Mia – our 17-year-old protagonist – is not having a very good day.

She falls into a whacky out-of-body experience, standing over her lifeless skin suit and trying to figure out what the heck is going on. She follows herself, and her younger brother, in the ambulance back to the hospital. Her extended family rushes to be with them, and she starts to wonder why her boyfriend isn’t with them. Then, the flashbacks start, and her pre-coma life unfolds.



She grew up being the only classical music-lover in a house full of rock’n’rollers. Literally, her parents were punk before it was cool, and her little brother played the drums (or something, he wasn’t that memorable, to be honest). Mia also has a boyfriend, Adam, who is handsome and musically talented (duh), and – of course – he’s in a baaaaand. I swear, authors who write rock stars as romantic leads have never actually dated a musician in real life. They generally don’t make for stable and committed lovers. But Adam “loves” Mia, even though she’s “weird”, which makes the whole love story read like a tragic episode of wish-fulfillment. I mean, a quiet, plain girl with a rock-star boyfriend who loves her, even though they have nothing in common, and persists through her tantrums and shyness because he sees who she “really” is? Ugh.

Anyway, Mia spends a lot of time thinking about her boyfriend – fair enough, she is a teenager – and whether she should stick around in the mortal realm to be with him. By this point, her younger brother has succumbed to his injuries, so choosing Adam would also mean choosing a life of grief and poor-orphan-girl sympathy. Her grandparents are still alive, though, so she wouldn’t be entirely alone. Choices, choices…



If I were writing a high school book report, I would say that If I Stay is a book about choices. Live or die, stay or go, et cetera. Forman actually did a pretty good job of weaving in a series of smaller choices as well, in Mia’s flashbacks and reminisces, foreshadowing this big final call she has to make. Mia calls upon all these choices she’d made throughout her short life, and pretty much makes up her mind to shuffle off the mortal coil… but then, her boyfriend shows up, and has a normal human reaction to seeing one’s comatose girlfriend (i.e., he gets a bit upset), and she’s so moved by this “outpouring” of “true love” that she decides to stick around after all. Wonderful!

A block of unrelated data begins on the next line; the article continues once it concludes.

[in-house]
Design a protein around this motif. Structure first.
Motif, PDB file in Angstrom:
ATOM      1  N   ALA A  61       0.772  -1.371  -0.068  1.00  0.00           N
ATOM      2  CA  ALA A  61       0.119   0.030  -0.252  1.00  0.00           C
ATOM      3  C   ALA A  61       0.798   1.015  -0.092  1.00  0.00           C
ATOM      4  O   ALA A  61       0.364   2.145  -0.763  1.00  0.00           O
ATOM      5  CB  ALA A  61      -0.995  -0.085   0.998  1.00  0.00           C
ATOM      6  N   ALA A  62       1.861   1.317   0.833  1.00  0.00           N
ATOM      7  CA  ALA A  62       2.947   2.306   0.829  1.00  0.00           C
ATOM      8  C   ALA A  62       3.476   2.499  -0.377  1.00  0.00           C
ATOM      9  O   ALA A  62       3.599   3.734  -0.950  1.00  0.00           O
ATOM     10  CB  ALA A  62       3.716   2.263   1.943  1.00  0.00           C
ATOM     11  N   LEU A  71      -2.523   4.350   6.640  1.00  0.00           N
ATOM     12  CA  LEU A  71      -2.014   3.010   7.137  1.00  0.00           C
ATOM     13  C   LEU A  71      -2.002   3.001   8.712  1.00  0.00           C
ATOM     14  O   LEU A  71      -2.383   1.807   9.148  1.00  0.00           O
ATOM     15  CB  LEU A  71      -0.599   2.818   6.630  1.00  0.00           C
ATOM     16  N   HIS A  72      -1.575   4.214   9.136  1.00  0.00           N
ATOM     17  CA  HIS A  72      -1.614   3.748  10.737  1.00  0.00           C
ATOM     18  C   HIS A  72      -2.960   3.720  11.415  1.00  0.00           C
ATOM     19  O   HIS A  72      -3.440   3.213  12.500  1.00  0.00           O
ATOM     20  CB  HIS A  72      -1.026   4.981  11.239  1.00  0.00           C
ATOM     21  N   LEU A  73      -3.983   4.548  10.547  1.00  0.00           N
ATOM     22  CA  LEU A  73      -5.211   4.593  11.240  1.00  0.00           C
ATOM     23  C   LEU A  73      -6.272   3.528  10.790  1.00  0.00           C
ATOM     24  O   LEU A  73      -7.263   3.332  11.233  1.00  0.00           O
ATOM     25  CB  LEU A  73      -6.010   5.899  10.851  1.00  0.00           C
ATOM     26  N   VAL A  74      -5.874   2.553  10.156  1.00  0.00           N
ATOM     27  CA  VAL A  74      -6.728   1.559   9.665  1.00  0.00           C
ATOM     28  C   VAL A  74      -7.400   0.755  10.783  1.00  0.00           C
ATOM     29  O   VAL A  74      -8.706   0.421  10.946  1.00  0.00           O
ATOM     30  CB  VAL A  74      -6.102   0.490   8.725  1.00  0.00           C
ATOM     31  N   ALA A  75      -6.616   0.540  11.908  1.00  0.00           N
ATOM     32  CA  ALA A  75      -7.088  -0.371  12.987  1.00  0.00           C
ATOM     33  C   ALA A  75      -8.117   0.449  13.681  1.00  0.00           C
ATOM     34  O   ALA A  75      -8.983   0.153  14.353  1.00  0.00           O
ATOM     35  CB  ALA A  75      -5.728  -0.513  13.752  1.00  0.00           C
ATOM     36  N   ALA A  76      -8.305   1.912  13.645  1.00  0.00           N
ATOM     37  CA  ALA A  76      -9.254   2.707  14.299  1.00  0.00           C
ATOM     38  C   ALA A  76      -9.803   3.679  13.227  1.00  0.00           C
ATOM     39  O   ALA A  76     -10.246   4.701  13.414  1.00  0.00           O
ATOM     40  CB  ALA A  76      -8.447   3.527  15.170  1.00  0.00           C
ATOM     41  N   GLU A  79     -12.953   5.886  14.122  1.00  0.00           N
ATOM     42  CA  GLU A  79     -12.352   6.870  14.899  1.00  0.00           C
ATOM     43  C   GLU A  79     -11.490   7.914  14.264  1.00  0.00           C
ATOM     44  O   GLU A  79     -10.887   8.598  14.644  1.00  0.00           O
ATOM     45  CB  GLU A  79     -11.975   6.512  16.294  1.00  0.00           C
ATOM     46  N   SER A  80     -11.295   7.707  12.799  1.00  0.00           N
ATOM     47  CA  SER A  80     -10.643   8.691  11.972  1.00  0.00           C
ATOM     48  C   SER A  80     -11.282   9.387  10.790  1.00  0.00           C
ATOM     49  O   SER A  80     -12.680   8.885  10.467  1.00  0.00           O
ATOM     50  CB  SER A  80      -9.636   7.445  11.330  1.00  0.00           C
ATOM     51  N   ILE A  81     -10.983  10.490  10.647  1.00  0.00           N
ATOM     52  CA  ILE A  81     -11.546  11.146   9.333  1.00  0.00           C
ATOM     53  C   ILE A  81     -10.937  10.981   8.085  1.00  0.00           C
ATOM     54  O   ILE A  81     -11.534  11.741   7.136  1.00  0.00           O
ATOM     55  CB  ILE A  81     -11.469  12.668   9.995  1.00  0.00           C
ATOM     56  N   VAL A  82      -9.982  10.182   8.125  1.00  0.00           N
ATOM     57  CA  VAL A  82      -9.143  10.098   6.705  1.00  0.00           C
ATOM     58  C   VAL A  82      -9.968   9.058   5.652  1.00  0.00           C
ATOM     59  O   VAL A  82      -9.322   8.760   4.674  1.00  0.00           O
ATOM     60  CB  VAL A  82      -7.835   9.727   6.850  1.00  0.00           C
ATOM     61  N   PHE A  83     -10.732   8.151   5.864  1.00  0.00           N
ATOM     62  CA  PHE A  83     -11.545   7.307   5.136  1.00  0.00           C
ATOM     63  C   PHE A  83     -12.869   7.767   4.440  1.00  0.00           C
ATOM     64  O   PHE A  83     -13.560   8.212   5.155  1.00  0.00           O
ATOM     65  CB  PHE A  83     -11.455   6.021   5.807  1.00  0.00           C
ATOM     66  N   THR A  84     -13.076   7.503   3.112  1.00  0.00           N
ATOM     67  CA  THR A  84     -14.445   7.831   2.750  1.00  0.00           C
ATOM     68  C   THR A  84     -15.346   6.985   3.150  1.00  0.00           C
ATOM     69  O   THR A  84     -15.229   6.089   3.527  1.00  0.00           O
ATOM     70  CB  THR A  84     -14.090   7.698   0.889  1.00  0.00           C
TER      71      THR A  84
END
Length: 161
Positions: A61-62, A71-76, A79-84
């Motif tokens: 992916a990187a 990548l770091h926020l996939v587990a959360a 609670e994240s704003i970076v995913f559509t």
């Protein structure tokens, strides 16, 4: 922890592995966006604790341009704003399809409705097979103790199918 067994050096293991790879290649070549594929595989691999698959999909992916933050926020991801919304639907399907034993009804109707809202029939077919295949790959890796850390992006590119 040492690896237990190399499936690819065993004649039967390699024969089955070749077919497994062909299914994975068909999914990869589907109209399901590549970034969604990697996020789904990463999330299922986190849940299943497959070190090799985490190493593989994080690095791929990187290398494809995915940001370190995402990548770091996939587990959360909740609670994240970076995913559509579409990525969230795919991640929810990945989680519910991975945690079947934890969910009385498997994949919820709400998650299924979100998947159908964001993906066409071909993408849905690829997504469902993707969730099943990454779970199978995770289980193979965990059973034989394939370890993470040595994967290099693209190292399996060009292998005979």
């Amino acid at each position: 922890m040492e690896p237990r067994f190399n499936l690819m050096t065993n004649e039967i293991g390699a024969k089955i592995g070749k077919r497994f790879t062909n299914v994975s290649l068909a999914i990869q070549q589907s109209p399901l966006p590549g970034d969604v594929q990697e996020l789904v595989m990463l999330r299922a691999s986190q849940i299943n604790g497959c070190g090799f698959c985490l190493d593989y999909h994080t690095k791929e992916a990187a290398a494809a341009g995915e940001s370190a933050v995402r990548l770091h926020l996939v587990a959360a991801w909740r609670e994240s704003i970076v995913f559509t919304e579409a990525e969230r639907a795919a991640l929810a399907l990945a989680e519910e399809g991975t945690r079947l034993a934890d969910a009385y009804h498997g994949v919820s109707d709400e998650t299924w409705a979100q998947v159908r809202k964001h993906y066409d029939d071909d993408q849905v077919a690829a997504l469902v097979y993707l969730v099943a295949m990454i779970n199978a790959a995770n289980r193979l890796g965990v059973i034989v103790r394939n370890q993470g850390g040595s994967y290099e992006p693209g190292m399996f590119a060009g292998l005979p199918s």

Some of the philosophising and musing on life and death was a bit trite, but in fairness I’m closer to thirty than twenty; I’ve had plenty of time to think a lot of this stuff through already. If I’d read this book as a 13- or 14-year-old, maybe it wouldn’t have seemed so cringey. It really started to drag a bit, especially towards the end, which is saying a lot because the timeline of the book only ran to a day.

(Oh, and there’s quite a bit of ableist language, too, which really surprised me. YA books tend to be pretty woke, so it was especially jarring, as I wasn’t expecting it. Steer clear if that stuff bothers you!)



Even though it was a bit much for cynical snots like me, If I Stay was well received, and sold gangbusters. Summit Entertainment bought the film rights straight away, but they chewed through a few different directors and lead actresses before they finally got it out. The film adaptation was released in 2014, starring Chloe Grace Mortez, and pulled in $78 million at the box office. Not bad.

And, not one to let go of a good thing, Forman also wrote a follow-up called Where She Went. It was published in April 2011, and it picks up the story a few years after Mia’s accident. She and Adam have broken up (good thing she “chose life” for this guy, eh?), and she’s moved to New York to attend Julliard School of Music. Side note: why is it always Julliard? Are there no other performance schools in the U.S.? Why don’t any of them ever come to NIDA?

Anyway, If I Stay wasn’t terrible, and it wasn’t great, but it was an adequate literary palette cleanser. I can’t picture a situation where I’d be pressing this book into somebody’s hands and insisting they read it, but I wouldn’t begrudge anyone their enjoyment of it either. So, take it or leave it.

My favourite Amazon reviews of If I Stay:

  • “gave as a gift. was loved.” – Kate doyle
  • “Somewhat interesting book” – erika
  • “Aside from the bad language, plot was boring, unrealistic and the ending was lame.

    SPOILER: She’s watching her body in ICU but can’t walk through walls? Her boyfriend isn’t allowed to see her in ICU? Uh, no.” – Zarabbeth
  • “Wow. I love that the story is not linear. It bounced around. I would recommend it to anyone who is willing to read about death.” – Victoria M.
  • “The book was so boring and it just lacked interestingness.” – Madie Sue
  • “This book has language, alcohol use, and possible nudity. Overall rating R. This book is inappropriate for young girls named Teresa. She is in seventh grade. She does not need to know about boys that are older than her wearing skinny jeans. Boys go in a very hard stage in their life, advancing for boys to men. This is
    called puberty and girls named Teresa don’t need to know about boys wearing skinny jeans going through this stage.
    Disappointing.
    Inappropriate.
    Uncalled for.
    Terrible.” – Amazon Customer